- Video Tour and Historic Documentary of Lucy the Elephant
- Lucy the Elephant
- Roadside America
- HD Video taken 07 Aug 2009
- "House Built Like Elephant Contains Six Rooms", December 1932, Popular Mechanics
U.S. National Register of Historic Places Topics Lists by statesAlabama • Alaska • Arizona • Arkansas • California • Colorado • Connecticut • Delaware • Florida • Georgia • Hawaii • Idaho • Illinois • Indiana • Iowa • Kansas • Kentucky • Louisiana • Maine • Maryland • Massachusetts • Michigan • Minnesota • Mississippi • Missouri • Montana • Nebraska • Nevada • New Hampshire • New Jersey • New Mexico • New York • North Carolina • North Dakota • Ohio • Oklahoma • Oregon • Pennsylvania • Rhode Island • South Carolina • South Dakota • Tennessee • Texas • Utah • Vermont • Virginia • Washington • West Virginia • Wisconsin • Wyoming Lists by territories Lists by associated states Other National Register of Historic Places in Atlantic County, New Jersey Historic districts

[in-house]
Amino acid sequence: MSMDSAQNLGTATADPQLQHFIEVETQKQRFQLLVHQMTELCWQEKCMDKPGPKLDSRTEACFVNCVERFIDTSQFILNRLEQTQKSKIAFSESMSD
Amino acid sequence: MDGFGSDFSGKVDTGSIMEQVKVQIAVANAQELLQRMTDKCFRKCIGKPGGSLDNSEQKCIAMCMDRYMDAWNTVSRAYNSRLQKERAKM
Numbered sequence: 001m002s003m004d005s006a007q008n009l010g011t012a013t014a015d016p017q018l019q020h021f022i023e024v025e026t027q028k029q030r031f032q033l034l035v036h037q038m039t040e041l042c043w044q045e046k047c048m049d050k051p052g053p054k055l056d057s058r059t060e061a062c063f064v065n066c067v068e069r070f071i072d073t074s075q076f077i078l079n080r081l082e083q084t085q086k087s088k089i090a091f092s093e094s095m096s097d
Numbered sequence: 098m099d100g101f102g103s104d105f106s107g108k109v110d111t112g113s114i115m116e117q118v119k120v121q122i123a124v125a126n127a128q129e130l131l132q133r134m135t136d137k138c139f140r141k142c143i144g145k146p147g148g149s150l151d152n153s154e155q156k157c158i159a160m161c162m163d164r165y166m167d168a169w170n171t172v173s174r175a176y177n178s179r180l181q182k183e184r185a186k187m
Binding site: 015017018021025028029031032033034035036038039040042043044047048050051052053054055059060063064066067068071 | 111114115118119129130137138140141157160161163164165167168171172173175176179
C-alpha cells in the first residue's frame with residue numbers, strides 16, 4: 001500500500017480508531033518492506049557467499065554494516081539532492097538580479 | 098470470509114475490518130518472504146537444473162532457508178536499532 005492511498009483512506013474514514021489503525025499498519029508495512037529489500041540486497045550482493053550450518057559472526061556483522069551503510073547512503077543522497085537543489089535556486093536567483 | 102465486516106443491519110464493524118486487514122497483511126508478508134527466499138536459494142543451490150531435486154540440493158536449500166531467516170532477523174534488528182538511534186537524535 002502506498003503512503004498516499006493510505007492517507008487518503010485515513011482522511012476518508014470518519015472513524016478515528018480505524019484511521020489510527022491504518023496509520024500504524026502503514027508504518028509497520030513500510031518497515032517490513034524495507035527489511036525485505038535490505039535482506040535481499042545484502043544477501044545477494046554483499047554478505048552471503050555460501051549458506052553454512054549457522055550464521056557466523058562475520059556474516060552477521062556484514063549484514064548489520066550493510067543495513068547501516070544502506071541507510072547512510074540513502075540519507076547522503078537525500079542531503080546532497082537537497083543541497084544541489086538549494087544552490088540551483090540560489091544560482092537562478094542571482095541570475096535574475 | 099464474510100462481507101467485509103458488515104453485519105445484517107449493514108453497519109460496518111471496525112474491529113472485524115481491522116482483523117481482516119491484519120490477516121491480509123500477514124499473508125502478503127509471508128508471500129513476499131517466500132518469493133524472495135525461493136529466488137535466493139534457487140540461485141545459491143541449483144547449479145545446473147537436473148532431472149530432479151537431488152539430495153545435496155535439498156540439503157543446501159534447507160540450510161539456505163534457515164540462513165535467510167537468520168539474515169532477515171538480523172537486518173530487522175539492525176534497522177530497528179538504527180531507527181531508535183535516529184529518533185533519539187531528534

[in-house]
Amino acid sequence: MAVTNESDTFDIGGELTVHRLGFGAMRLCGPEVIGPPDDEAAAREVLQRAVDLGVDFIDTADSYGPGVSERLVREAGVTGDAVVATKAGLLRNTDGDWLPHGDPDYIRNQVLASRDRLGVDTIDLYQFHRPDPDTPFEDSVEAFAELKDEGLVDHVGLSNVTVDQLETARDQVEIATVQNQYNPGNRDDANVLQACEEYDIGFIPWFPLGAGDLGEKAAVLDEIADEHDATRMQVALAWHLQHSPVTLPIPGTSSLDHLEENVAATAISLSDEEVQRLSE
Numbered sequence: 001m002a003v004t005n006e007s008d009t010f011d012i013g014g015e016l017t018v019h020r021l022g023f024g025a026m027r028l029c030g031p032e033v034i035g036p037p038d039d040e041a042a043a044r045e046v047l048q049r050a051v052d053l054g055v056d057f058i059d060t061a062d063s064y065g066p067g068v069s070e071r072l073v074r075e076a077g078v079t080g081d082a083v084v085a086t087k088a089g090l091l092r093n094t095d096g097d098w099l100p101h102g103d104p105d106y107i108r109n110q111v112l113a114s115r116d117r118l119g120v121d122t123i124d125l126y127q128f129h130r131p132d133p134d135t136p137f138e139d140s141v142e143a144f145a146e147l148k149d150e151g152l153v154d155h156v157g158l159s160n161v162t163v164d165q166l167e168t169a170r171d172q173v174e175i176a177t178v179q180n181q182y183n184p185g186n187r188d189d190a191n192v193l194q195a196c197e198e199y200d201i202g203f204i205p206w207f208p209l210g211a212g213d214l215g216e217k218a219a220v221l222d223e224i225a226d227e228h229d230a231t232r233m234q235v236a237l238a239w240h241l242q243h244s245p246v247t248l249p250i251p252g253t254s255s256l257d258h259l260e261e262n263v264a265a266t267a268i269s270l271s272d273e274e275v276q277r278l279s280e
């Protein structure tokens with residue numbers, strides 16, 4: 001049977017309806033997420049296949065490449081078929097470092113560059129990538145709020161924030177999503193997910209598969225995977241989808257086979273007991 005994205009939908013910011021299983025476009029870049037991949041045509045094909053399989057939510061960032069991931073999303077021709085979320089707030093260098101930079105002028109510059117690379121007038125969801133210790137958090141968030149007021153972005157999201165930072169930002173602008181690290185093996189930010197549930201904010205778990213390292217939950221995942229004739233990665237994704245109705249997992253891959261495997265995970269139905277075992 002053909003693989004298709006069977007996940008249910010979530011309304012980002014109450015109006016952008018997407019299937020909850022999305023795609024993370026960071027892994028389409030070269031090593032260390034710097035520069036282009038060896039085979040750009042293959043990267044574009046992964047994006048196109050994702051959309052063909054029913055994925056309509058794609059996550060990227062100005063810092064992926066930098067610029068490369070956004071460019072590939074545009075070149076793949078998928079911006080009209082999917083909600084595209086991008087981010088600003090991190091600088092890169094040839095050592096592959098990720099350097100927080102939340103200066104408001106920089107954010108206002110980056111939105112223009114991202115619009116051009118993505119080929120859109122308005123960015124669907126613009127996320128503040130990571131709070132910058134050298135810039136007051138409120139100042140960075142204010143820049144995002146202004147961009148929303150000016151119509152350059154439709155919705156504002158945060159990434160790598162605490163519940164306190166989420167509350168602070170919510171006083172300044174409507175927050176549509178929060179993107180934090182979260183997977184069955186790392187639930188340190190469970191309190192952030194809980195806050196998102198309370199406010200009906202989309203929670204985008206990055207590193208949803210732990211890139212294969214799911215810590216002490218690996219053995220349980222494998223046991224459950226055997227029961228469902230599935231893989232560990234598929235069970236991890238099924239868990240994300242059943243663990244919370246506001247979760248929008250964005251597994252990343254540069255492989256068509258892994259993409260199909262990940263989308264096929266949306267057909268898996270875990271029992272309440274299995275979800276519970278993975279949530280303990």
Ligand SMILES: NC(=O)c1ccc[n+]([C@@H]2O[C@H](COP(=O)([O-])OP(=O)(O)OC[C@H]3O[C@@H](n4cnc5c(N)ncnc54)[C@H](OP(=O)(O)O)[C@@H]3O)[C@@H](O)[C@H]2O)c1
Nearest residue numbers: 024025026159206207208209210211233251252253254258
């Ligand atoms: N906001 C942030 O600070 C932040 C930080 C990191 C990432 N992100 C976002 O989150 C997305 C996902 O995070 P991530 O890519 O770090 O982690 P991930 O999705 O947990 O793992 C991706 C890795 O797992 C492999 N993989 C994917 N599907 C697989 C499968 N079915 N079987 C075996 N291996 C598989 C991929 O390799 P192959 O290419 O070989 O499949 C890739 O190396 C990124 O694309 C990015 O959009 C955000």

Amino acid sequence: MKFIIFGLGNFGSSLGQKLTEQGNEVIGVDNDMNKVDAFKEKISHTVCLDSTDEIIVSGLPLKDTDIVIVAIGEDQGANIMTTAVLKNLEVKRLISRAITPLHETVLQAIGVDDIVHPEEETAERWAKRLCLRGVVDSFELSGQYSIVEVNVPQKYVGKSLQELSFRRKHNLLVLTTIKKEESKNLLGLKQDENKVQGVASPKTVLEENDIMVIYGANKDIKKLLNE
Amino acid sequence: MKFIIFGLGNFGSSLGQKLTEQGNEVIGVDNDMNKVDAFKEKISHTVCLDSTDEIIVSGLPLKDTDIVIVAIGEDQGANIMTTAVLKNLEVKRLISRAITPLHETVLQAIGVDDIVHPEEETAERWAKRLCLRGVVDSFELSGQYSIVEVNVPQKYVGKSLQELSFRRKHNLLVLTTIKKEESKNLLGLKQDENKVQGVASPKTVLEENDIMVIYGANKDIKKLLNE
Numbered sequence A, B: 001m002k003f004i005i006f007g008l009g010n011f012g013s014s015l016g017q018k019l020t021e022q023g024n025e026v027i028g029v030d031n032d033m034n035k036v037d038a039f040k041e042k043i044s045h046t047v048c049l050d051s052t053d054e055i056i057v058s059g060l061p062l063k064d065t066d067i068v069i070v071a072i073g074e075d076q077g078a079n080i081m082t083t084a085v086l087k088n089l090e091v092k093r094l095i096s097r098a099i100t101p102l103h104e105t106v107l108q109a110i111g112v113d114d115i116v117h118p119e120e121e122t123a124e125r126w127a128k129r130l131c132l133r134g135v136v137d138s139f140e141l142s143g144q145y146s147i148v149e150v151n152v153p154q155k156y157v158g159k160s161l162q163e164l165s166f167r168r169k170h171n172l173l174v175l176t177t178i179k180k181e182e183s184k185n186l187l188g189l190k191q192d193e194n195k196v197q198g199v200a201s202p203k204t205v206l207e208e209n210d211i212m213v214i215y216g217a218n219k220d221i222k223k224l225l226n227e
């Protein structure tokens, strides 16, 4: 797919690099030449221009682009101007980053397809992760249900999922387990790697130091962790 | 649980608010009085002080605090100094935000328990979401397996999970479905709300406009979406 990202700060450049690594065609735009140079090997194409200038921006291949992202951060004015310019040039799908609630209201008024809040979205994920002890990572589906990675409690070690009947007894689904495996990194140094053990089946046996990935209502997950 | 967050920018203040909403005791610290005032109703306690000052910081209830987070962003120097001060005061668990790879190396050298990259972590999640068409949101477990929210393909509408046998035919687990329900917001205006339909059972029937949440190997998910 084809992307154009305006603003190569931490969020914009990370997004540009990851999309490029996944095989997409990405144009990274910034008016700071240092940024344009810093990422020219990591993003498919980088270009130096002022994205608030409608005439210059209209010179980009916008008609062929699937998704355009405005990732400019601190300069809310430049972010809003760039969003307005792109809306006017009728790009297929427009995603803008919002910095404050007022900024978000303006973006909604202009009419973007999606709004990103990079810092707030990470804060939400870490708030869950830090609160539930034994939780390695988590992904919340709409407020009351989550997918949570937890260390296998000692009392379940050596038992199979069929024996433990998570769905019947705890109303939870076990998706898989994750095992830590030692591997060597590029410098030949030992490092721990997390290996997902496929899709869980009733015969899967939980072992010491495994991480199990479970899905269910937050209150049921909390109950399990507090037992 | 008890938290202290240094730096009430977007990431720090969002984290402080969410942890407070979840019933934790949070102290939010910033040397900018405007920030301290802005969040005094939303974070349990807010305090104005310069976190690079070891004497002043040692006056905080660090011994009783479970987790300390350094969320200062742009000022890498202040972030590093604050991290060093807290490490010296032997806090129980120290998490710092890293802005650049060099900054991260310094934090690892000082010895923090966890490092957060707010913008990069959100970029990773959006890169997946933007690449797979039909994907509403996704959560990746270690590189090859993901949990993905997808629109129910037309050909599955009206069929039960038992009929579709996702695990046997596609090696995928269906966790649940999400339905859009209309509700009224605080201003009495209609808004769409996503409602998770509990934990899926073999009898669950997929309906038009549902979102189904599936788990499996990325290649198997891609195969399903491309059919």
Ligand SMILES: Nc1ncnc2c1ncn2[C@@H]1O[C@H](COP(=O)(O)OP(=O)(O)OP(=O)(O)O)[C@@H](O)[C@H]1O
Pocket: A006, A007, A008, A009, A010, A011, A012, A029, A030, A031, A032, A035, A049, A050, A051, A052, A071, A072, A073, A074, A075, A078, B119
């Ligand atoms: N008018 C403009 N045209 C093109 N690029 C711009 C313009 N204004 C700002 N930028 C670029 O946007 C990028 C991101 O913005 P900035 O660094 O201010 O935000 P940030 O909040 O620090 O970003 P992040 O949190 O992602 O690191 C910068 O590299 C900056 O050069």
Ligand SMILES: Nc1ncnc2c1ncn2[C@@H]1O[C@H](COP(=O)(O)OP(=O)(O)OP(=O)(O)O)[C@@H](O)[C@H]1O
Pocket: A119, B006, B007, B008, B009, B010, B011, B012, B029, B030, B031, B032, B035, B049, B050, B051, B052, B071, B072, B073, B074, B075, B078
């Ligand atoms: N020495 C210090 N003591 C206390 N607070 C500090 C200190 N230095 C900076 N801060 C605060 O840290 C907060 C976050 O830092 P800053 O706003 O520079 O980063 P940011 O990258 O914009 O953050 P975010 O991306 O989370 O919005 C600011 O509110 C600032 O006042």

Bay Front Historic District | Bethlehem Loading Company Mays Landing Plant Archeological Historic District | Estellville Glassworks Historic District | Linwood Historic District | Marven Gardens Historic District | Mays Landing Historic District | Port Republic Historic District | John Stafford Historic District
Absecon Light | Atlantic City Convention Hall | Capt. Francis Babcock House | Barclay Court | Belcoville Post Office | William L. Black House | Amanda Blake Store | Church of the Ascension | Church of the Redeemer | John Doughty House | Egg Harbor Commercial Bank | Great Egg Coast Guard Station | Head of the River Church | Holmhurst Hotel | Jacobus Evangelical Lutheran Church | Capt. John Jeffries Burial Marker | Linwood Borough School No. 1 | Lucy the Elephant | Madison Hotel | Mays Landing Presbyterian Church | Morton Hotel | Neutral Water Health Resort Sanitarium | Dr. Jonathan Pitney House | Pleasant Mills | Samuel Richards Hotel | Jeremiah II or Edward Risley House | Santa Rita Apartments | Segal Building | Shelburne Hotel | Smithville Apothecary | Somers Mansion | St. Nicholas of Tolentine Church | Ventnor City Hall | Weymouth | Weymouth Road Bridge | World War I Memorial